P22 School Foodservice Director and Community Health Coalition-Member Perceptions Related to the Healthy, HungerFree Kids Act in Indiana Jennifer Mansfield, BS,, Purdue University, 700 West State Street, West Lafayette, IN 47906; K. Lynch, PhD; D. Savaiano, PhD Objective: The Healthy, Hunger-Free Kids Act (HHFKA) has presented challenges for school foodservice in obtaining/preparing foods meeting federal nutrition standards. Concurrently, communities are improving their cultures of health, focusing on policies, systems, and environmental (PSE) changes. We report the development of a survey to identify school foodservice director (FSD) and community health coalition (CHC) perceptions related to school nutrition under HHFKA. Design, Setting, Participants, and Intervention: The survey was developed using USDA program reports, literature review, and eleven key informant interviews. Pilot surveys are being administered to and evaluated by an expert panel of Indiana School Nutrition Association members and community coalition leaders involved in Purdue’s health coalition network. Survey items are being revised according to expert panel feedback, establishing content validity. The final survey is being administered online to Indiana FSD (n¼400) and CHC (n¼500), targeting a sample size of 490 to achieve a 95% confidence interval and 3% margin of error. Outcome Measures and Analysis: FSD and CHC perceptions will be analyzed using descriptive statistics,

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student’s t-test, and Chi-squared test. Experience and education level, urban/rural differences, school demographics, and involvement between FSD and CHC will be controlled for using ANOVA. Internal consistency is being established using Cronbach’s alpha test. Results: Key informant interviews indicate FSDs focus on implementation of nutrition standards, food waste, human resources issues, funding, and food safety, while CHCs see opportunities for school gardens, nutrition education, cooking demonstrations, use of local foods, and community engagement. Conclusions and Implications: Awareness of school foodservice and PSE challenges is necessary in facilitating communication between groups to foster partnerships and support. Unified community leadership is a viable resource in accomplishing health promotion goals. Funding: None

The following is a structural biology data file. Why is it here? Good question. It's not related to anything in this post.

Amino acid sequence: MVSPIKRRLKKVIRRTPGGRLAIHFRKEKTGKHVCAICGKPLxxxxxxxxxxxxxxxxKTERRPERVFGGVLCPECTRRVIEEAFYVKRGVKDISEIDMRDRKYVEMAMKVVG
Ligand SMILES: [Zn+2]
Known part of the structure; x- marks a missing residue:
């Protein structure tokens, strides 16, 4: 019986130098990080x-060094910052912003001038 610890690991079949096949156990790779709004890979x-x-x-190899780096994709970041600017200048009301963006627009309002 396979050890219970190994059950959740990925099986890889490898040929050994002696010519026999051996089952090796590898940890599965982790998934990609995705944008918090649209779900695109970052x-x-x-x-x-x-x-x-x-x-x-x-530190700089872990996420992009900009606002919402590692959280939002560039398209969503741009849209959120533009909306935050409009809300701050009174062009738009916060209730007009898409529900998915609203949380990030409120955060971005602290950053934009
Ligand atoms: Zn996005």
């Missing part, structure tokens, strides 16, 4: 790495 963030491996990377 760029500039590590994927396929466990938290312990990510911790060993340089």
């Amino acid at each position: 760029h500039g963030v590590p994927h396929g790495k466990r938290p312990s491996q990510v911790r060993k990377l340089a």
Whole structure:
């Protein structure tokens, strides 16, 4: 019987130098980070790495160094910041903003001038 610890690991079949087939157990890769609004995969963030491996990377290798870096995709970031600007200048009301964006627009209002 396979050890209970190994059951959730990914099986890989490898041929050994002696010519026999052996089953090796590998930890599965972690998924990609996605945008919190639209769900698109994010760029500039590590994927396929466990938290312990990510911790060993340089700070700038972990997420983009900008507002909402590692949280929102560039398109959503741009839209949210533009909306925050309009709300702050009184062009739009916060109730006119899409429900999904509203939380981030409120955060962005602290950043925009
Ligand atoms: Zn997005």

P23 Time and ‘‘Questioning Type’’ Affected Recall of Iron Deficiency Prevention Education Messages Among Rural Ghanaian Mothers Brenda Abu, PhD, [email protected], Texas Tech University, 2500 Broadway, Lubbock, TX 79409; W. Oldewage-Theron, PhD, RD Objective: The study assessed the effect of time and ‘‘questioning type’’ on the recall of education regarding iron deficiency (ID) prevention messages among rural mothers in Ghana. Target Audience: A longitudinal community intervention trial conducted in a randomly selected anemia endemic community among rural mothers with young children in rural Northern Ghana. Theory, Prior Research, Rationale: A once–off fiveday (90min/day) intervention of ten key messages addressing gaps in a baseline survey (April, 2012), was implemented (July, 2013). Two refresher household visits (about 30mins/household) were performed within a month later. Measure recall of key messages post-intervention (3 months, 6 months, and 12 months). Description: Post-intervention, the question at 3 (N¼68 mothers) and 6 (N¼64 mothers) months was ‘‘which of the ten key messages do you recall’’ and at 12 months (N¼66 mothers) an additional question ‘‘describe what was discussed under key message 1-10 (mentioned)’’. Evaluation: About 97.0% of the mothers were married and 98.6% were unschooled. Of the ten key messages, the mean number of recall  SD; was 3  1.6 (3months), 41.7 (6months) and 53 (12months). However, at 12 months, about 20% of the mother’s recalled wrong content for the key messages or admitted they forgot the content. No correlation was observed between mother’s educational status and recall. Conclusion and Implications: Time seemed to improve the recall of key messages. However, the ‘‘questioning-type’’ at 12months gave apparently high recall which did not translate to related content recall. A longer term refresher contacts with the participants could improve content recall of messages. Funding: Ghana Education Trust Fund (GetFund)